Steve Gibson and Leo Laporte talked about OpenID on Episode 95. OpenID would provide a single-sign on verification for site logins. This would not replace something like SSL (which is mutual authentication), but it would be better for simple site logins to sites like del.icio.us, digg.com and others.
BYU professor Philip J. Windley, explains how OpenID works on his site.
Authentication and Crypto are two of the hardest subject for me. So I've tried to break each one down in terms I can understand. I've only gotten up the Certificates. I'll finish the others soon.
1.2 Recognize and be able to differentiate and explain the following methods of authentication · Kerberos
· CHAP (Challenge Handshake Authentication Protocol)
· Username / Password
The following definitions are necessary to understand the different methods of
Authentication: Verification of person who created or sent the data and the integrity of the data.
Data Integrity: Assurance (confidence) that the data created or sent by an authenticated person has not been corrupted and/or tampered with, data is in original form.
Principal: Authenticated person.
Peer: client or user trying to get authenticated
Verifier : server or application approving the principal. CHAP term is “authenticator.” These terms are used interchangeably.
Hackers tools make it very easy to “sniff” out passwords and logins over a network or computers and allow unauthorized programs or users to impersonate authorized users. That is why authentication is so important to computer security.
Kerberos was created in the ’80 by MIT’s Athena Project. Kerberos is a distributed application that works over a network. A Kerberos client acts on behalf of the principal to authenticate with a verifier without exposing the users data to hacker tools.
The Kerberos client sends encrypted messages to the verifier. These messages are time stamped and sent using Kerberos protocol. Kerberos protocol is based on the Needham and Schroeder authentication protocol. The current implementation of Kerberos uses Data Encryption Standard (DES).
CHAP (Challenge Handshake Authentication Protocol)
The CHAP authenticator (a.k.a verifier) randomly sends “challenge” message to the peer (a.k.a client, or user). The responses with a value that calculated by running the “challenge” message through a one way hash function (using MD5). The authenticator checks the message against its own calculations.
CHAP replaces Password Authentication Protocol (PAP) which sends logins and passwords CLEAR TEXT over the network. Upon initial connection between peer and authentication CHAP is used and maybe used over and over again as the authenticators sends random challenge messages.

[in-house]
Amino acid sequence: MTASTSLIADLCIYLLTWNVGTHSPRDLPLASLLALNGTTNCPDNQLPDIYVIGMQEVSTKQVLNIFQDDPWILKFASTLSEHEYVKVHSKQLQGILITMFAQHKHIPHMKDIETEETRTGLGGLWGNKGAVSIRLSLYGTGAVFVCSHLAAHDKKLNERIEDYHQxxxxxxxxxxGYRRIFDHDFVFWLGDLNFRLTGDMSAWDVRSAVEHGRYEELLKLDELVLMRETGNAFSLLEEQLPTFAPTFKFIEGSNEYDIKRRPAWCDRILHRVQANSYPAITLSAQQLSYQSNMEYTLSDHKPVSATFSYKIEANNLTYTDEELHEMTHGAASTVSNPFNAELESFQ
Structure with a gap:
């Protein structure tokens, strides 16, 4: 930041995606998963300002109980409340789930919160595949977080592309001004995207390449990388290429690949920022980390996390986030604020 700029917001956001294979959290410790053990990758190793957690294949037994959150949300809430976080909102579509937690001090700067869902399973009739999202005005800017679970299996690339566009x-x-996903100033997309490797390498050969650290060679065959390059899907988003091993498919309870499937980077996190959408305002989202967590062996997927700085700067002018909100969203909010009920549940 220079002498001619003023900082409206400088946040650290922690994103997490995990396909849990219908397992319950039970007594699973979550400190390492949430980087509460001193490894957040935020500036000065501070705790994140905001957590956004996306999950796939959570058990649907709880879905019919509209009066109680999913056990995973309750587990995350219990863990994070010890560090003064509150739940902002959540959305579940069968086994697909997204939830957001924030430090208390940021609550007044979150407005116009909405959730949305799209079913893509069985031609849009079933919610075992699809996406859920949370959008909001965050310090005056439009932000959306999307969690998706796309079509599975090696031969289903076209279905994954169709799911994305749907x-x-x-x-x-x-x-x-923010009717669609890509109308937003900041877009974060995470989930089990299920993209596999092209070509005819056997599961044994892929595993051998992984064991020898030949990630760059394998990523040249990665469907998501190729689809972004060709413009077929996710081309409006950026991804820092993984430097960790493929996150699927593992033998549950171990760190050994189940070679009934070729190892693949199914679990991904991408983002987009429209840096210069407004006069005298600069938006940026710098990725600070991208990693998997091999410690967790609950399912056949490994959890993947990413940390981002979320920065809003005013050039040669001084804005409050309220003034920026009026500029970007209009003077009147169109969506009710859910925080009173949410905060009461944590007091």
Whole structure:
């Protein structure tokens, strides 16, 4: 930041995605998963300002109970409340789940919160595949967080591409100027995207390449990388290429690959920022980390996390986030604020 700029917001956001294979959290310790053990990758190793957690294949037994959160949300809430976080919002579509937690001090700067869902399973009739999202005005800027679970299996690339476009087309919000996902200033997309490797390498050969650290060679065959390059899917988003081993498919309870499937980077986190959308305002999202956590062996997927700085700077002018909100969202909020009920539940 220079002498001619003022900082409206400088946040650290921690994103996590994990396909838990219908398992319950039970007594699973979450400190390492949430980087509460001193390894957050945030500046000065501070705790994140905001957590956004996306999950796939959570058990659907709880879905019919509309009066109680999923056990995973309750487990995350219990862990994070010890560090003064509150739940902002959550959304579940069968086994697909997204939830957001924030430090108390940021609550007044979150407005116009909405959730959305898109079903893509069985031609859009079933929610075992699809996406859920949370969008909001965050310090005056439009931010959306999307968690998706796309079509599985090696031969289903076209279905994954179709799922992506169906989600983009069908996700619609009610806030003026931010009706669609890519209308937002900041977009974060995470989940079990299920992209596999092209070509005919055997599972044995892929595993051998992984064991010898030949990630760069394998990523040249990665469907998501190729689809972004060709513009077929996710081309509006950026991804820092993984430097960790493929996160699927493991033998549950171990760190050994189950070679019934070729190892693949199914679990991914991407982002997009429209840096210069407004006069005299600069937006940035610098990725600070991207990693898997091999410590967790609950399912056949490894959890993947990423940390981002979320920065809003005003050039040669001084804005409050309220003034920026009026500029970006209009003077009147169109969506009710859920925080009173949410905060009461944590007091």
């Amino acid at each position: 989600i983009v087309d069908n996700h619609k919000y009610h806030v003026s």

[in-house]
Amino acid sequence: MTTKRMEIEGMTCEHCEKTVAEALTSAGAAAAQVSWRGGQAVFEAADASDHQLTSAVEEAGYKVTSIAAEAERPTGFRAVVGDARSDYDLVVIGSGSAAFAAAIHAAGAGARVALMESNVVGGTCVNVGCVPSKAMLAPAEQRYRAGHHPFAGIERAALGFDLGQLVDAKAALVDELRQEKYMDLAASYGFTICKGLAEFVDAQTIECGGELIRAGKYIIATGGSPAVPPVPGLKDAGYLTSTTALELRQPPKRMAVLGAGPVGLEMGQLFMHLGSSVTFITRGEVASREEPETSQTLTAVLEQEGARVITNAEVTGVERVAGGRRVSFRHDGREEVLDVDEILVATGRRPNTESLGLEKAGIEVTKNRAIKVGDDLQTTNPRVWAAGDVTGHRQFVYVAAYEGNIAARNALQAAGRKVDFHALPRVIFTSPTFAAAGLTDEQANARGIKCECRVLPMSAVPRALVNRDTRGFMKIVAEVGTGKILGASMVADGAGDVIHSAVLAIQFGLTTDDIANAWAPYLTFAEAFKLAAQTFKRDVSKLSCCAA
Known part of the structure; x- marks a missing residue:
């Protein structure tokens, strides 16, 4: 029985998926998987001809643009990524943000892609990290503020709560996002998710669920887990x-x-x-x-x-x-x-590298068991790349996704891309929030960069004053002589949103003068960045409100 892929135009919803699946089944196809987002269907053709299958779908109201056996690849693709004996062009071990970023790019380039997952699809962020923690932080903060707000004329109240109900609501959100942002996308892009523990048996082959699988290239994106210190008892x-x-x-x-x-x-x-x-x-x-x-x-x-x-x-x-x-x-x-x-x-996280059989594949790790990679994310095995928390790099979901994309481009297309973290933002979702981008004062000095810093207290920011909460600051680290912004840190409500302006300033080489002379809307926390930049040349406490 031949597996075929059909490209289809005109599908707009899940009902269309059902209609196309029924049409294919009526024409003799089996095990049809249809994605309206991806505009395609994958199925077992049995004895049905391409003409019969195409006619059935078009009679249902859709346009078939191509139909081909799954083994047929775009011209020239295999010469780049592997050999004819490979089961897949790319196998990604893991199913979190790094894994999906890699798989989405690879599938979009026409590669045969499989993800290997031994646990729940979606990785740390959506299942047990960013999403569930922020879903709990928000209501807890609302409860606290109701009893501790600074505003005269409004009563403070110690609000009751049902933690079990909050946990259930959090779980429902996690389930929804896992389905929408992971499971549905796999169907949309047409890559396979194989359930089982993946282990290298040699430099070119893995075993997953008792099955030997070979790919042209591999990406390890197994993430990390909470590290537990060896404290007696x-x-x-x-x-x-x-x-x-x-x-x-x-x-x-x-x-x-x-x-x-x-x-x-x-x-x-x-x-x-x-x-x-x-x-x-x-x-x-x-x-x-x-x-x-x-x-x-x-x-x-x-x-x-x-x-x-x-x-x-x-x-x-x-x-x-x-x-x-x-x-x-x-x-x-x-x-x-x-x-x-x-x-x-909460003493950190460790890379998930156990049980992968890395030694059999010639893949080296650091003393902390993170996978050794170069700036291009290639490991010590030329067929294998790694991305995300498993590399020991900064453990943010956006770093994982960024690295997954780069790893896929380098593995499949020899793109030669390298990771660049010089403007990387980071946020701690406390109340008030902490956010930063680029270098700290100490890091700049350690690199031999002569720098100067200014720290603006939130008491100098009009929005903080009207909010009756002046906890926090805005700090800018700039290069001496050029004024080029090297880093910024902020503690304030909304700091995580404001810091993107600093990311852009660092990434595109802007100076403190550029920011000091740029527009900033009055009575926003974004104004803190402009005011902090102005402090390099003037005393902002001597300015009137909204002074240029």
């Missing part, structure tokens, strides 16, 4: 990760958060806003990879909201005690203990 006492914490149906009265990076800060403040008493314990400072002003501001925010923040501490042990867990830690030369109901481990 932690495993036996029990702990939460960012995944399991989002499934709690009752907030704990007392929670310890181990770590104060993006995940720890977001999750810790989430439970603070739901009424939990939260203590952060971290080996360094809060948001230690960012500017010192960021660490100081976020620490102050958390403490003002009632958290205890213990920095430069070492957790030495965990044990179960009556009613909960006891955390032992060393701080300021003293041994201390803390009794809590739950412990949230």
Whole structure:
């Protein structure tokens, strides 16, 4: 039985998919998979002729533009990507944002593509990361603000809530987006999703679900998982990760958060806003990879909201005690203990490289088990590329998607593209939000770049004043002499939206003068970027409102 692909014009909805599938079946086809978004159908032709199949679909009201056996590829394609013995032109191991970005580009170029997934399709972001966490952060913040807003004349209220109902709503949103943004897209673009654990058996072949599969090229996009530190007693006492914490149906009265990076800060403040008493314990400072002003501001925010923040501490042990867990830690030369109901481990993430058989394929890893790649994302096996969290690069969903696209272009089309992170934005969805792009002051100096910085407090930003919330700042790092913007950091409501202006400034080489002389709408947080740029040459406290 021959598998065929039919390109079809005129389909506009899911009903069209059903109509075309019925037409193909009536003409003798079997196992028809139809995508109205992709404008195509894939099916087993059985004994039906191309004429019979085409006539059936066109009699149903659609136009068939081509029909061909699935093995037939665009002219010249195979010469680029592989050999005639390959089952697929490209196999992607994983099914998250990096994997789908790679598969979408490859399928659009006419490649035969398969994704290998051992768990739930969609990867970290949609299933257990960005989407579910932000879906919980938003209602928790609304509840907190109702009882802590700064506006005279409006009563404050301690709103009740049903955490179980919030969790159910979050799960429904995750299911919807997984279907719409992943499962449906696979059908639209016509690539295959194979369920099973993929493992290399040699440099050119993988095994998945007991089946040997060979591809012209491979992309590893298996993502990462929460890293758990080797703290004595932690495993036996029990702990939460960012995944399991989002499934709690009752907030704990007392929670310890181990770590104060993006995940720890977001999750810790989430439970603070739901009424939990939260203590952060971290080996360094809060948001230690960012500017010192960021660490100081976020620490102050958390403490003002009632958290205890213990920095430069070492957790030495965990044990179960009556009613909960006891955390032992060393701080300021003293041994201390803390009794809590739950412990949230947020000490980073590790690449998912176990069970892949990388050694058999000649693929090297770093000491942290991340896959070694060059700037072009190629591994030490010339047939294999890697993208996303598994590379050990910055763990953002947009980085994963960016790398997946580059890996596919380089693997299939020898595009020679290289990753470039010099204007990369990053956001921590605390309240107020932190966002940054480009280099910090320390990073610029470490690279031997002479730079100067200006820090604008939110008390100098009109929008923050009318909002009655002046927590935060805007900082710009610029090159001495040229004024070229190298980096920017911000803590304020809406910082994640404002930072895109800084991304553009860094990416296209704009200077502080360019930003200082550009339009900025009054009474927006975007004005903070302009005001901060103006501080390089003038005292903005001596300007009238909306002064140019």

The disadvantage is that the challenge message is sent in plain text allowing a hacker to possible capture the data and do a Man in the Middle attack.
Certificates are used a lot on web pages with a need for strong security. Certificates are based on two or more people or groups using a trusted third party to confirm that each of the two parties are who they claim to be. Certificates provide public-key infrastructure (PKI) solutions. Certificates are provided by Certificate Authorities such as thawte and VeriSign. These, and other Certificate Authorities, act as a third party issuing Private keys to organization, groups and/or persons and confirm the identities of by verifying the issued private key with a public key. Usually Certificate Authorities us a secure method of communication called Secure Socket Layer (SSL) to send and receive messages. SSL was developed by Netscape. SSL uses a private key to encrypt data over the SSL connections. Secure Http is an alternative to SSL. Public keys are not need for S-Http or SSL. When a secure session is occurring when the URL turns from HTTP to HTTPS.
Issues digital IDs to enable authenticated, 128-bit SSL encryption that secure e-commerce and online payments across the Internet.
- Neuman b. & Theodore T. Kerberos: An Authentication Service for Computer Networks. USC/ISI Technical Report number ISI/RS-94-399. http://www.isi.edu/gost/publications/kerberos-neuman-tso.html
- Simpson W. PPP Challenge Handshake Authentication Protocol (CHAP), RFC 1994 (RFC1994). Internet RFC Archives. August 1996 http://www.faqs.org/rfcs/rfc1994.html
- Karve, Anita. SSL and S-HTTP: Secure Communication over the Internet. 1 Jan 1997. Networkmagazine.com